It’s all about the fancy dress over in Sweden, with children dressing up as ‘Easter witches’ so they can visit neighbouring houses to trade paintings and drawings for sweets. As for what’s on the menu, Swedes like to eat eggs, herring and Jansson's Temptation (potato, onion and pickled sardines baked in cream) over the Easter period.
Germans will pile up their old Christmas trees and burn them on Easter Sunday and Monday, signifying the end of winter and the start of spring. It’s a festive night, with adults enjoying alcohol and food as they watch the fires chase away the remainder of winter.
On Easter Monday, Polish boys will try to drench people with buckets of water and water pistols. It is said that if a girl gets soaked with water that day, she will marry later that year!
On the morning of Easter Saturday, the islanders throw pots, pans and other earthenware out of their windows to smash on to the street. Many believe it symbolises the start of spring, while wakening the crops that will grow in the new pots.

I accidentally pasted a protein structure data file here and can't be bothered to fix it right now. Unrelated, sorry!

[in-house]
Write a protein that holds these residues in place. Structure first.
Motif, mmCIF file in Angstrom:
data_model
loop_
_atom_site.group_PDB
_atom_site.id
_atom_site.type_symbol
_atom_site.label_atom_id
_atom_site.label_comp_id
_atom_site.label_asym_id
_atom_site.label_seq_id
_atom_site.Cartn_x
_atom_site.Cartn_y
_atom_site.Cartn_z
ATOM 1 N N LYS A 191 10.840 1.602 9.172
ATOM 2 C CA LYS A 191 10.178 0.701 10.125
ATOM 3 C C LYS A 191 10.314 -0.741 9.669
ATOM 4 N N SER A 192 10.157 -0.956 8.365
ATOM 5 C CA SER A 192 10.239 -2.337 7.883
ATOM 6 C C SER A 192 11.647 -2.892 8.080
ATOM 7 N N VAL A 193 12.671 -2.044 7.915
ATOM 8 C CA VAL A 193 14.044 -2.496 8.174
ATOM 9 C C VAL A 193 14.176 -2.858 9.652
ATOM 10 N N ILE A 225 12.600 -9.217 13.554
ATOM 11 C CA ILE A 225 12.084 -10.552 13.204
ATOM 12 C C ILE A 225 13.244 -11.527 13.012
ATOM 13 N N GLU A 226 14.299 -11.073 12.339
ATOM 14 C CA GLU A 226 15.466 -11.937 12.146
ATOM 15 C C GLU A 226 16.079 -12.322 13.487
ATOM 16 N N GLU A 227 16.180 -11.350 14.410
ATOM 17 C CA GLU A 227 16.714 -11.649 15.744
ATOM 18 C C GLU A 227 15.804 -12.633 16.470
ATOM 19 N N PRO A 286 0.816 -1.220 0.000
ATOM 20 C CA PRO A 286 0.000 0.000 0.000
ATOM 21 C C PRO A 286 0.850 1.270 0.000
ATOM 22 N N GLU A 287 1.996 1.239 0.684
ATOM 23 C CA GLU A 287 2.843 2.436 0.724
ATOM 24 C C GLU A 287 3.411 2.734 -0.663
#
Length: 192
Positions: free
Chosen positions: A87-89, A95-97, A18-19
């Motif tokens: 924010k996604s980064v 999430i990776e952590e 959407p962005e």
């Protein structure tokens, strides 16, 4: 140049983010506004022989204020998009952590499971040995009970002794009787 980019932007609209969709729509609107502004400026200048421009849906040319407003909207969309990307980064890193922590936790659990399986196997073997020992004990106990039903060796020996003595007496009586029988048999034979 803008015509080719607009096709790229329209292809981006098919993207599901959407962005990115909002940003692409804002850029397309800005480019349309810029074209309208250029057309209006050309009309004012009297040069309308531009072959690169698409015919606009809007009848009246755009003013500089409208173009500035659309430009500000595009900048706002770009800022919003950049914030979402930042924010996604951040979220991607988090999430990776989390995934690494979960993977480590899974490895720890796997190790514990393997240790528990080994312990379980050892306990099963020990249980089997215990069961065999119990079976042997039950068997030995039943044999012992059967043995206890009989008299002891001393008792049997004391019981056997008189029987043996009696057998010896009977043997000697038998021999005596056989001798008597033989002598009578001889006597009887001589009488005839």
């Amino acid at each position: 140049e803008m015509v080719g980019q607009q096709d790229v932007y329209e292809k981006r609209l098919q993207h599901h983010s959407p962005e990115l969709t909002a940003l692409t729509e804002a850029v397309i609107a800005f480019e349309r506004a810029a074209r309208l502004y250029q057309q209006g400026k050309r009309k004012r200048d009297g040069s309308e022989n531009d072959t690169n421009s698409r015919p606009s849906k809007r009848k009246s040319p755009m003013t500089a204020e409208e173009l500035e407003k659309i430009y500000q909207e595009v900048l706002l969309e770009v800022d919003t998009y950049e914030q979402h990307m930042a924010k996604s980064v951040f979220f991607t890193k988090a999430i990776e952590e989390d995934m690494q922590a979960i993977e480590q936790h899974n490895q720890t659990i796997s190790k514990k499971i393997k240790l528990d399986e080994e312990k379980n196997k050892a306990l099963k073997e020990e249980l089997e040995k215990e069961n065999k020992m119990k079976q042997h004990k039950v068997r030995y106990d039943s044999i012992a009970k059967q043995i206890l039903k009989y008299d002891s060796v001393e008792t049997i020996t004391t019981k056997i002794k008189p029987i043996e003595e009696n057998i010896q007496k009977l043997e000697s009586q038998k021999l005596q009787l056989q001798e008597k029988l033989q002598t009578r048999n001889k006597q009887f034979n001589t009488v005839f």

The medieval Spanish town of Verges performs the ‘death dance’. Locals dress in skeleton costumes and parade the streets, with the fiesta beginning at midnight and going on until 3am.
Bermudians fly home-made kites, eat codfish cakes and scoff hot cross buns on Good Friday. The kites are made of coloured tissue paper, wood, metal and string, and are thought to symbolise the Ascension.
In Mexico it is traditional to burn an effigy of Judas, the betrayer of Jesus. It is usually burned on the Friday or Saturday before Easter, and can sometimes be filled with fireworks for added effect. This can also be seen in, Greece, Venezuela, Crete, Portugal, and Spain.
Chocolate eggs are not on the menu if you visit this part of South America over Easter. Colombians like to feast on iguanas, turtles and large rodents over the festive period - presumably because they’ve had enough cocoa through the rest of the year!
Here, they really go to town celebrating Easter, with holy vigils and religious parades, attended by thousands of visitors dressed in black. Floats with images of Jesus are carried through the cobbled town, followed by funeral marching bands and a thick mist of incense along streets filled with sawdust, pine needles and flowers.
Source: With thanks to www.columbusdirect.com